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Davidson: Winning Le Mans “Written in the Stars”

What will be, will be for Davidson and Toyota in 2017…

Photo: James Moy/Toyota

Toyota Gazoo Racing’s Anthony Davidson is heading into today’s start of the 24 Hours of Le Mans feeling relaxed about his chances of avenging his last-minute defeat in last year’s race, saying he will “go along for the ride.”

Davidson was part of the Toyota No. 5 crew that lost last year’s race on the final lap when Kazuki Nakajima broke down in the TS050 Hybrid, denying the Japanese marque its first Le Mans victory.

Toyota has returned to the Circuit de la Sarthe in 2017 with great strength, sweeping to a front-row lock-out in qualifying, led by Kamui Kobayashi’s new lap record set on Thursday evening. Davidson will start second on the grid alongside Nakajima and Sebastien Buemi.

Despite his heartbreaking defeat in 2016, Davidson has not changed his mentality heading into the race, with the Briton remaining relaxed about the course of the 24 hours to come.

“Obviously you want to win it by being the fastest, that’s what you want. We should have had that feeling last year, that result last year,” Davidson said.

“Looking at this race, I haven’t really changed my mentality from how I approached it last year. Treating it like a 24-hour charity go-kart race! I’m just out there to have fun.

“I drove brilliantly last year, I think my best ever sports car race. I want to just try and do that again. If I finish last, we finish last. If we don’t finish, we don’t finish. If we win, we win.

“This one just seems to be written in the stars. I’m just going to go along for the ride and see what this year brings.

“I watched a documentary recently on climbing Mount Everest, and the locals said that you need luck to get to the top, and I think it’s the same as that.

“I could really empathize with what they’re saying, because it’s true. You can plan this race as good as you can, and at the end of the day you do need luck to win it.”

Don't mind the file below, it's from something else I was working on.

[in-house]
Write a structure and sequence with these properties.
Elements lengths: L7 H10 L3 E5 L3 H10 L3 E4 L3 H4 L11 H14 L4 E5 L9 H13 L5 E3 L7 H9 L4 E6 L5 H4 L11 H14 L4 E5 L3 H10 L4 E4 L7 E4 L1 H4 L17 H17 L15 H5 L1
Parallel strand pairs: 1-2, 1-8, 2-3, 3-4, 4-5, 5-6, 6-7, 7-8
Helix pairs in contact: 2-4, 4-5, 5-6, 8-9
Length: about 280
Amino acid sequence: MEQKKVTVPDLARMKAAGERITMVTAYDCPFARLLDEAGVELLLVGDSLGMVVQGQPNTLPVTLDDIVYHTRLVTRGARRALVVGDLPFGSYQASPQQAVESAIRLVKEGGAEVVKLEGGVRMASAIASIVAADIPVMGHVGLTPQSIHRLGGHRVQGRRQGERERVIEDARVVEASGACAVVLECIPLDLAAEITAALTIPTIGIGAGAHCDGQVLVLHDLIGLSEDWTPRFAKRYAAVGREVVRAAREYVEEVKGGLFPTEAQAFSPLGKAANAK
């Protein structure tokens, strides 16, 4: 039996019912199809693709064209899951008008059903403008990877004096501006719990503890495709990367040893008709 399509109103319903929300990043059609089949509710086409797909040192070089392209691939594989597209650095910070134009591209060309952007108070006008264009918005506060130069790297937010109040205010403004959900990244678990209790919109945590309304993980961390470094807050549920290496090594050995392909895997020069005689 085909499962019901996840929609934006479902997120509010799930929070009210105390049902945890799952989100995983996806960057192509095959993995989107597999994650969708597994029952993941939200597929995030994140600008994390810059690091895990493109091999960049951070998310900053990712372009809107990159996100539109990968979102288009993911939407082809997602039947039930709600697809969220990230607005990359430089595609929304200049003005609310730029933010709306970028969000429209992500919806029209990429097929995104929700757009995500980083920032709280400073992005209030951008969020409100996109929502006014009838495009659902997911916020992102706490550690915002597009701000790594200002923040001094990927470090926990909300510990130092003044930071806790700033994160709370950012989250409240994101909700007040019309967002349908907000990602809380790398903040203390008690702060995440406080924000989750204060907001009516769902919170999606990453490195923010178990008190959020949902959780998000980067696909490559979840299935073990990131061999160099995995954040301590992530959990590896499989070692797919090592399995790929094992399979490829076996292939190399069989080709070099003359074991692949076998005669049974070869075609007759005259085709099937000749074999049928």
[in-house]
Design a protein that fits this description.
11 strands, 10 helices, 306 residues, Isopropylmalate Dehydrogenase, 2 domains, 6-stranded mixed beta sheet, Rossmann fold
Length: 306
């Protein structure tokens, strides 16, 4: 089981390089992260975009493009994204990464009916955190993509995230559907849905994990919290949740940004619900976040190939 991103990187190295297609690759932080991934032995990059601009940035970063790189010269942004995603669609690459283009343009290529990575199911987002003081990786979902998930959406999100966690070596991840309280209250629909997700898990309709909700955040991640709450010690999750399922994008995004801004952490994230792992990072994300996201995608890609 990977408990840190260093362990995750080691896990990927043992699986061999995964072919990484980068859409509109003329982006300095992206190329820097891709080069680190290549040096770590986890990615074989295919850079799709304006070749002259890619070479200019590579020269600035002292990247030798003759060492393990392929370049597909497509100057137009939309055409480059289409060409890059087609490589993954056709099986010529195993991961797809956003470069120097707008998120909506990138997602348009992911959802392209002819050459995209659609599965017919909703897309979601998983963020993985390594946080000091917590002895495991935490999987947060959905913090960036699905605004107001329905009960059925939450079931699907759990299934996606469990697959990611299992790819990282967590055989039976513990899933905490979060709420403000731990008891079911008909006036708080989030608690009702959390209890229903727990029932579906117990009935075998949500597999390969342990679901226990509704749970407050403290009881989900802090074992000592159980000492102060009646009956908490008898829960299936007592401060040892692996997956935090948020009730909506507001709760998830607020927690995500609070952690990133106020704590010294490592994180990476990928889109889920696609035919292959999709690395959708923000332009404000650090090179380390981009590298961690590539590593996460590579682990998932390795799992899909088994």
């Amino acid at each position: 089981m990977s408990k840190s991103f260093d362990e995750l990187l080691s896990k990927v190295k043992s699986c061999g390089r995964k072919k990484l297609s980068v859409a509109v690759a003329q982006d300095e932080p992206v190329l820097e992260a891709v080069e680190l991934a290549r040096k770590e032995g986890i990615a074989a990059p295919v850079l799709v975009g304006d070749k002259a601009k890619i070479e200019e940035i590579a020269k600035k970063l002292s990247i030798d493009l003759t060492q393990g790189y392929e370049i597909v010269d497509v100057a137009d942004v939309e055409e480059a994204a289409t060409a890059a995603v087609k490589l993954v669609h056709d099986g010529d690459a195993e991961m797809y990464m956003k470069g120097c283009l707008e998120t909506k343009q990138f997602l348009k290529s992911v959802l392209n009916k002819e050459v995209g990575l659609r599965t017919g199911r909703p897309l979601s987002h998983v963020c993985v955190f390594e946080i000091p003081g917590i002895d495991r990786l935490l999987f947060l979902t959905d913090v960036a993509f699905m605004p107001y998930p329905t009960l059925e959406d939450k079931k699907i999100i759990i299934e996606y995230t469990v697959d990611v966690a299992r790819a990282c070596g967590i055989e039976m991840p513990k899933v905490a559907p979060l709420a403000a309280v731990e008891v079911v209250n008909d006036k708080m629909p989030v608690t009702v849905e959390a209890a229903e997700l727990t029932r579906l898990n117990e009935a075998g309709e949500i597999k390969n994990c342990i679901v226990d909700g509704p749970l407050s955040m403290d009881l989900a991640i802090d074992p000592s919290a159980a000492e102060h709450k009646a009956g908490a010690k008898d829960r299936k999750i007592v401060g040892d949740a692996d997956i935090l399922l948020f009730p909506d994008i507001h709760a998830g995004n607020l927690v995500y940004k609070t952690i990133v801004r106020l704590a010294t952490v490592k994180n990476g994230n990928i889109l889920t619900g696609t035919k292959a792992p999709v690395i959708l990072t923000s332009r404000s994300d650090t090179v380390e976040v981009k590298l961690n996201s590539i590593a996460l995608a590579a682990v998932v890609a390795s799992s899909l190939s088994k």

While Davidson remains eager to add a Le Mans win to his FIA World Endurance Championship title success in 2014, he does not believe that his value as a driver or reputation would increase as a result.

“I don’t think that if I won this race, other people’s perception of me as a sports car driver will change,” Davidson said.

“At the end of the day I don’t really care about what other people think about my driving, but I’m hard on myself.

“Last year we did enough to win this race and I know I’ve done the job multiple times.

“I said a couple of years ago that I know how to win this race as a driver, and I proved that last year. I proved it to everyone and I don’t actually need a trophy or for it to be on my CV to prove it.

“You could argue that as the years go by it means less and less. And that’s how I get the best out of myself for this race.

“I find people get too caught up about it because they put too much weight on this one race when you can’t control how well you do because it either comes your way or doesn’t.

“If anything the result last year has made me even more relaxed and carefree about a race that really I shouldn’t be relaxed and carefree about!

“I know it only comes around once a year and it’s the big race with lots of history. I’m desperate to win it – but I’m not going to lose sleep if I don’t.”

Luke Smith is a British motorsport journalist who has served as NBC Sports’ lead Formula 1 writer since 2013, as well as working on its online sports car coverage.

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